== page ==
Intel Posts Linux Graphics Driver Patches For Whiskey Lake, Amber Lake
Written by Michael Larabel in Intel on 14 June 2018 at 08:36 PM EDT. 10 Comments
INTEL --
Intel open-source developers today posted the set of patches for adding support for upcoming Whiskey Lake and Amber Lake processors for the Linux kernel's Direct Rendering Manager driver.

The patches out today add Whiskey Lake and Amber Lake graphics support to the i915 kernel DRM driver. There isn't yet patches for libdrm and Mesa, but given how simple these additions are, those patches should be out soon.

In fact, with Whiskey Lake and Amber Lake being another extension to the Kaby/Coffee Lake family, it mostly comes down to new PCI ID additions for these patches, even with the kernel code.

The Whiskey Lake patch adds in the new GT1/GT2/GT3 PCI IDs (0x3EA0 through 0x3EA9) PCI IDs for the graphics adapters. With Whiskey Lake having the same gen graphics core as Coffeelake, apparently just the PCI ID additions are enough to make the graphics driver happy. Whiskey Lake is the latest micro-architecture coming after Coffeelake and being released in the coming months due to delays in the Cannonlake hardware.

The Amber Lake patch is similarly quite basic and basically adding in the new PCI IDs. Those PCI IDs include 0x591C and 0x87C0. Amber Lake is for the new very low-power processors succeeding the Kabylake Y processors. Amber Lake will find its way into tablets/2-in-1s/convertibles in the months ahead and are a minor step up over Kabylake Y.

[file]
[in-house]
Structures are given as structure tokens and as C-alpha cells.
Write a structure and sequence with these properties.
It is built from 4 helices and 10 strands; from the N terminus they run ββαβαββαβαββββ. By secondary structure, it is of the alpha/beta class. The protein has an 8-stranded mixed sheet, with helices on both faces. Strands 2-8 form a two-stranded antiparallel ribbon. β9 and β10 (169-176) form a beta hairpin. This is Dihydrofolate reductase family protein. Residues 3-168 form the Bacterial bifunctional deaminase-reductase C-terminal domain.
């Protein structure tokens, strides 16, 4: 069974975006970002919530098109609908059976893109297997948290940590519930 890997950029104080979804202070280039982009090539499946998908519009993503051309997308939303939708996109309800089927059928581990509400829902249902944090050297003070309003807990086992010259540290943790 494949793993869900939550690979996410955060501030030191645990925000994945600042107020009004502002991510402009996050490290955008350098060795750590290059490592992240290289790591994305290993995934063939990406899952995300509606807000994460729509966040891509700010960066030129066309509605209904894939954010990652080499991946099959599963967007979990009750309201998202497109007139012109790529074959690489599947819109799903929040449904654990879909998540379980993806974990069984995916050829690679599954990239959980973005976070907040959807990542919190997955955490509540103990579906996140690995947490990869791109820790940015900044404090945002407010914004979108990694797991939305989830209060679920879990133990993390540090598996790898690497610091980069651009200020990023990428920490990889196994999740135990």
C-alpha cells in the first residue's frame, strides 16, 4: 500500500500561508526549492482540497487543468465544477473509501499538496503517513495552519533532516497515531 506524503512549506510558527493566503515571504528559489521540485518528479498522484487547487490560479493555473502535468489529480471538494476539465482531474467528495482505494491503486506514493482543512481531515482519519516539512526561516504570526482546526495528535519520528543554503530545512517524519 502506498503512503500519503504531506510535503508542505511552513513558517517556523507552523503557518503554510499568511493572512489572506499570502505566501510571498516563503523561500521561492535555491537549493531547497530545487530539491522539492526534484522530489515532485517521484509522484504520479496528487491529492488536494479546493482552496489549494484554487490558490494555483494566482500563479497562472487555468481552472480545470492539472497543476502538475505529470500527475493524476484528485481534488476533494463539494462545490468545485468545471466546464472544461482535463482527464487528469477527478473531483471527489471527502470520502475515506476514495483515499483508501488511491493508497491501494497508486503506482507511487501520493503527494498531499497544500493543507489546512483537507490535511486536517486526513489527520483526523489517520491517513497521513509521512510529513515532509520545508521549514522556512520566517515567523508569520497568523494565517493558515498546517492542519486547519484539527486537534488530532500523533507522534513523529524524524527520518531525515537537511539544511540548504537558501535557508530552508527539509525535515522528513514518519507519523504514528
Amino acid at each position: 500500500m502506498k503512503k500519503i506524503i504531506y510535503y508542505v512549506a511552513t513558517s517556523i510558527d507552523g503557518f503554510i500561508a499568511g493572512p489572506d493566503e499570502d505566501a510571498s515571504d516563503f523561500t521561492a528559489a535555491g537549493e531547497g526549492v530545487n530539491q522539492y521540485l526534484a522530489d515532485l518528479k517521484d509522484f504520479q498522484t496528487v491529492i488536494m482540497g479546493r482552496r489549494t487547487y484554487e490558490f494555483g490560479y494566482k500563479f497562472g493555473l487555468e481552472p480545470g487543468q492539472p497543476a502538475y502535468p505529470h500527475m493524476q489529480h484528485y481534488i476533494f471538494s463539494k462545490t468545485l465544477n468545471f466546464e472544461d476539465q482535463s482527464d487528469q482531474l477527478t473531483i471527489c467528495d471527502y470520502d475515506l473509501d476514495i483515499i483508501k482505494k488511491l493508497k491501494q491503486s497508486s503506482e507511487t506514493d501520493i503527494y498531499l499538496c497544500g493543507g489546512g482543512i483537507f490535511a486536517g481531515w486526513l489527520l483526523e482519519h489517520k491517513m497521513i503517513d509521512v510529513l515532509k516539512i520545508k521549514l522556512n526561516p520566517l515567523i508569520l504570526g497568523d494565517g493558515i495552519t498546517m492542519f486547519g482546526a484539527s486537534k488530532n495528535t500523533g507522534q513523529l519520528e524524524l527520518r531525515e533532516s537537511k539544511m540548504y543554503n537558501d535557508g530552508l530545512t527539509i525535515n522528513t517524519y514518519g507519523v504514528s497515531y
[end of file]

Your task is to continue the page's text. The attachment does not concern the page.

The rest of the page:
These patches are quite simple given they are just PCI ID additions, so we'll see if they try to stage them still for merging into the Linux 4.18 kernel cycle or get held off until Linux 4.19. Hopefully they will work their way into Linux 4.18 considering that is likely the kernel to be used by Ubuntu 18.10 and Fedora 29 while these new Intel Amber/Whiskey Lake systems are just months or less from their debut.
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Michael Larabel is the principal author of Phoronix.com and founded the site in 2004 with a focus on enriching the Linux hardware experience. Michael has written more than 10,000 articles covering the state of Linux hardware support, Linux performance, graphics drivers, and other topics. Michael is also the lead developer of the Phoronix Test Suite, Phoromatic, and OpenBenchmarking.org automated benchmarking software. He can be followed via Twitter or contacted via MichaelLarabel.com.

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